Review: Artists Rep's "The Big Meal"

Dámaso Rodriguez's first show as ART's artistic director, a saga of five generations in one archetypal American family, bites off more than it can chew.

By Jonathan Frochtzwajg September 19, 2013

Scott Lowell and Val Landrum

Image: Owen Carey

For the first production of his first season as Artists Repertory Theatre's artistic director, Dámaso Rodriguez has selected Dan LeFranc's The Big Meal. It's a simultaneously safe and ambitious choice. On one hand, LeFranc's 2011 play takes place almost entirely in a generic restaurant (no set changes) and calls for a small cast (each member plays multiple roles). On the other, The Big Meal attempts to chronicle five generations of an archetypal American family through births, marriages, and deaths—in one act. It's a tall order.

LeFranc, more than Rodriguez, falls short. His dialogue is realistic and funny, and his device for showing death is creative and moving (you'll never look at waiters the same). But the playwright's script tries to cover so much ground that it ends up not being able to give the major, majorly complex life events it portrays the deep, truthful kind of treatment they demand—and which theater is supposed to provide. Instead, as the plot races across decades, such rich experiences as falling in love (and falling out of it) unfold hurriedly, almost perfunctorily, and wind up feeling canned as a result.

Also problematic is the family at the center of LeFranc's story. This American family is meant to be ordinary enough to stand in for the American Family, but, amusing quirks aside (the matriarch claims to have invented the Cadillac Margarita), they are so white-bread as to be unrepresentative, marrying, having kids, and dying like characters on some laugh-tracked family sitcom. If American families were ever this vanilla, they certainly aren't now, and we hardly need more Full House depictions of them as such.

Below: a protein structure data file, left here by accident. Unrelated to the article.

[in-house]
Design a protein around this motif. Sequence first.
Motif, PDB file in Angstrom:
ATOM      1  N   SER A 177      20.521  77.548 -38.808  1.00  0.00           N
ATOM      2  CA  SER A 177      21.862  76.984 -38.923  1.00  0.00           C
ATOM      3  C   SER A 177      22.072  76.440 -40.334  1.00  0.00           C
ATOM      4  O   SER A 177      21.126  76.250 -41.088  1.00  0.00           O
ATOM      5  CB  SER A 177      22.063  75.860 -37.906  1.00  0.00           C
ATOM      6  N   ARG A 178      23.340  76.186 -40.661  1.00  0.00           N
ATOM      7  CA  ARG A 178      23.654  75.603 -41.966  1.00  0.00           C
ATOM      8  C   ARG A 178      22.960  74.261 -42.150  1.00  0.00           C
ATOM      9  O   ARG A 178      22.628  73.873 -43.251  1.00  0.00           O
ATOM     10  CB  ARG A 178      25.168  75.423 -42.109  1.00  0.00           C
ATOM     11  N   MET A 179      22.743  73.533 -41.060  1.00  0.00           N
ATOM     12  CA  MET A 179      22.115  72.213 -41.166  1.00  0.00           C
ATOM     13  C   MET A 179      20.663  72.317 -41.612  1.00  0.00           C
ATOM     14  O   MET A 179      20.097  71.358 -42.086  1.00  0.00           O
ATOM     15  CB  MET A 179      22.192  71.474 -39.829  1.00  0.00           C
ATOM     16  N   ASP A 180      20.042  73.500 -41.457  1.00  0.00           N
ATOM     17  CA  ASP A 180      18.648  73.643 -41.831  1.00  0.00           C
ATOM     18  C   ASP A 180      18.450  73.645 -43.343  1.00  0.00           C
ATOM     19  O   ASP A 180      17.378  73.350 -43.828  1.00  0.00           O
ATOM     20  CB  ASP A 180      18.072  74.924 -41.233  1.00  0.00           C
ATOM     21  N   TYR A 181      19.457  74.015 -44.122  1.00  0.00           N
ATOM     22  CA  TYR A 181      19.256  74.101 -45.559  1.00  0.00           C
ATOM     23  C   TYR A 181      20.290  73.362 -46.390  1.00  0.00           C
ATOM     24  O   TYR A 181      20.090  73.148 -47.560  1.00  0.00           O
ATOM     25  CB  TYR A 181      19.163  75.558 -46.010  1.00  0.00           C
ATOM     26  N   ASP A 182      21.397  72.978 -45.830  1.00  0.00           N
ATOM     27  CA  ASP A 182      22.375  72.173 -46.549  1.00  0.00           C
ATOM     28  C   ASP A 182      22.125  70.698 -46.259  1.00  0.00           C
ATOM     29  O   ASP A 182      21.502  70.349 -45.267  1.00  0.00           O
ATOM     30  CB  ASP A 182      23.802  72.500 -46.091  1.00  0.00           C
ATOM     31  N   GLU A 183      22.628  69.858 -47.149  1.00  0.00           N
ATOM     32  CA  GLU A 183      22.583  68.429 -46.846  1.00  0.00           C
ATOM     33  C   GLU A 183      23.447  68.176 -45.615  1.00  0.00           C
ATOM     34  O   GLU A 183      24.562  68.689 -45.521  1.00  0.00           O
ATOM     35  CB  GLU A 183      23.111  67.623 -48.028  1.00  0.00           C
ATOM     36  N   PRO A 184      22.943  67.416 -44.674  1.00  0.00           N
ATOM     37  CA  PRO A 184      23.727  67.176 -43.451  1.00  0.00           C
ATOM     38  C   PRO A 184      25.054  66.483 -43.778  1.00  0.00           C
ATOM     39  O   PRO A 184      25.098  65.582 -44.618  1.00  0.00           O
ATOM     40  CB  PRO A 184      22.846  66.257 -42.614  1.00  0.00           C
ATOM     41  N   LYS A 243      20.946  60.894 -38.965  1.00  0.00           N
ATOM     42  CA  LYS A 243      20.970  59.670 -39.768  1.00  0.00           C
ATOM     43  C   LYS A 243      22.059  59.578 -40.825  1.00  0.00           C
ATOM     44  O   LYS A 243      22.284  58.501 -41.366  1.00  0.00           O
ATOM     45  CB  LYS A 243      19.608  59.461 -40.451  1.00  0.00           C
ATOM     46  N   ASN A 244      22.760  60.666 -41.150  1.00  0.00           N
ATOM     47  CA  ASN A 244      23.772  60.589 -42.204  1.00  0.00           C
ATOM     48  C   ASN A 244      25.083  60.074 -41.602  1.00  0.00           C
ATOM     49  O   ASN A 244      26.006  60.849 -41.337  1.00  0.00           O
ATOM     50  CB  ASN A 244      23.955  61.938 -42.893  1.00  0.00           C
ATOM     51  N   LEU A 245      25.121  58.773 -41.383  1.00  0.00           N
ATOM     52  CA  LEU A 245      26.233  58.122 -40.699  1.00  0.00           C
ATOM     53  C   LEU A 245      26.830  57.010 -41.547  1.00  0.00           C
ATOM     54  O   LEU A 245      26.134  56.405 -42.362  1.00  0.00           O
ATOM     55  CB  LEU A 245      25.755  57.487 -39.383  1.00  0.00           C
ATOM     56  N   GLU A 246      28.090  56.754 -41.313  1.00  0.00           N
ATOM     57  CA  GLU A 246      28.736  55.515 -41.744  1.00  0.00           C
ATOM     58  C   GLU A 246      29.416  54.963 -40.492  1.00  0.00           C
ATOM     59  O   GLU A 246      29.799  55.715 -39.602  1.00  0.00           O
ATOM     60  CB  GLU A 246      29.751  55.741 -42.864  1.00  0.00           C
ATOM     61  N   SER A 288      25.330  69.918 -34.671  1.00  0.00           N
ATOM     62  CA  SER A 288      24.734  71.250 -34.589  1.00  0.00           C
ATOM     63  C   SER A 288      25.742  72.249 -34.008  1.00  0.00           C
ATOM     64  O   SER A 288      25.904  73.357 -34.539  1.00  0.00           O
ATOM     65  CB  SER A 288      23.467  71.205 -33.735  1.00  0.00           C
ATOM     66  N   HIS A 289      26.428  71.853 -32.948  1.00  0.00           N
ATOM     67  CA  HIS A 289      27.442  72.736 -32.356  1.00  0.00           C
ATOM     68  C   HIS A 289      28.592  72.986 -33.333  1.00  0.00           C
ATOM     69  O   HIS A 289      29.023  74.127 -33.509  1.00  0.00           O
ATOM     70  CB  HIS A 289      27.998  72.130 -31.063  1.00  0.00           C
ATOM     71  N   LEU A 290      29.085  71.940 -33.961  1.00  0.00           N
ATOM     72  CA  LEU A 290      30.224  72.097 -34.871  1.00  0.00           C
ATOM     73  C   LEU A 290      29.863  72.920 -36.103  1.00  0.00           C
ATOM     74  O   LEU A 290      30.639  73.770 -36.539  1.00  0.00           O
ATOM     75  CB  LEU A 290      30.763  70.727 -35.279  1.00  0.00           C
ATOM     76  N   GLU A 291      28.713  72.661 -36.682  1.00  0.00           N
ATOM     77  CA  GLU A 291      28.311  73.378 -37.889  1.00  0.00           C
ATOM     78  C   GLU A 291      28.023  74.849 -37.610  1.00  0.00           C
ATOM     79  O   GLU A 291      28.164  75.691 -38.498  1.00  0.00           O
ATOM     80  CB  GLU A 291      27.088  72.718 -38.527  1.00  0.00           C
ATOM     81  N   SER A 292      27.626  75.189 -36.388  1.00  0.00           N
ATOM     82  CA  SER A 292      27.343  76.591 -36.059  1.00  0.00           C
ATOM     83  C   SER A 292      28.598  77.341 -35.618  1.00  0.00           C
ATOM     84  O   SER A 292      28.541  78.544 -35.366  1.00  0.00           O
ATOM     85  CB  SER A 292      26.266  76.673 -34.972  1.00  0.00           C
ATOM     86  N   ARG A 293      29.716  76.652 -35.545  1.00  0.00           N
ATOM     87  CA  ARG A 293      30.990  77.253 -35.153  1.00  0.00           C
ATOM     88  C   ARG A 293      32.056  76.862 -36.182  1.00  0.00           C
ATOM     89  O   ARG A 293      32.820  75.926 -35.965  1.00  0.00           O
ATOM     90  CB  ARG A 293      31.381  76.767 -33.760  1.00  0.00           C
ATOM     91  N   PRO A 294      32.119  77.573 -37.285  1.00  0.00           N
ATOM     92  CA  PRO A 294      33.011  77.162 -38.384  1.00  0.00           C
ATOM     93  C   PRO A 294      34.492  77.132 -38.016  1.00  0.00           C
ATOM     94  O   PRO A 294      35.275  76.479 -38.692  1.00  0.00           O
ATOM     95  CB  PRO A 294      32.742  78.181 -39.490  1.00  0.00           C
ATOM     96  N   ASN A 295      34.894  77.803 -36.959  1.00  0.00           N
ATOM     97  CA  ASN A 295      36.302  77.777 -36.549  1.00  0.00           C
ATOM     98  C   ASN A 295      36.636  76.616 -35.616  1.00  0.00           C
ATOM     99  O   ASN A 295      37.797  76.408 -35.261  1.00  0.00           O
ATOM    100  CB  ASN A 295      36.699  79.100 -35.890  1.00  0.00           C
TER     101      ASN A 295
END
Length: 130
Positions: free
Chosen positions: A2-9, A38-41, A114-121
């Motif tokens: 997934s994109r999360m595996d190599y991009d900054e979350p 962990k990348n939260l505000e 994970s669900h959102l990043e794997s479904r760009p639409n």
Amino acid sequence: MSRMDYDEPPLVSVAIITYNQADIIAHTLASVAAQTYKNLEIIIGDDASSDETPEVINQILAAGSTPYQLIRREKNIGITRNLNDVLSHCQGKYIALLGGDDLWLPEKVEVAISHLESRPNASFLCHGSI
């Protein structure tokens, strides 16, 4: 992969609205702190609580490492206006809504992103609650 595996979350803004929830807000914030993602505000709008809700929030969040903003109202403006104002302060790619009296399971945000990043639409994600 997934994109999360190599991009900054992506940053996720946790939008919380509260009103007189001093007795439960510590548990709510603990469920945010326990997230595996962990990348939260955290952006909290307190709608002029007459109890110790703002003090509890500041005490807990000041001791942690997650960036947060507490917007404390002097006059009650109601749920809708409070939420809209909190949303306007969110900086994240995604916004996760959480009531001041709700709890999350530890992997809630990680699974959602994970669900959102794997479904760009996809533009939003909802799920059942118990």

Artists Rep's staging of LeFranc's play is not without its own flaws. Because each actor plays numerous roles, it can sometimes be unclear whom they're supposed to be, and there aren't nearly enough costume changes and other clues to help viewers avoid the confusion. That said, the multi-role performances themselves are solid, with ART old-timers such as recently departed artistic director Allen Nause and cofounder Vana O'Brien well cast as the family's slightly racist grandpa and slightly alcoholic granny. Interestingly, perhaps the most natural performances come from the show's two child actors, Harper Lea and Agatha Olson, both of whom previously appeared in Artists Rep's The Lost Boy.

The Big Meal 
Thru Oct 6 
Artists Repertory Theatre 
At this “big meal,” the company is entertaining and the service snappy. For some diners, certain courses will hit the spot, resonating like comfort food. Ultimately, however, the repast fails to capture the bittersweet complexity of family life in America today.

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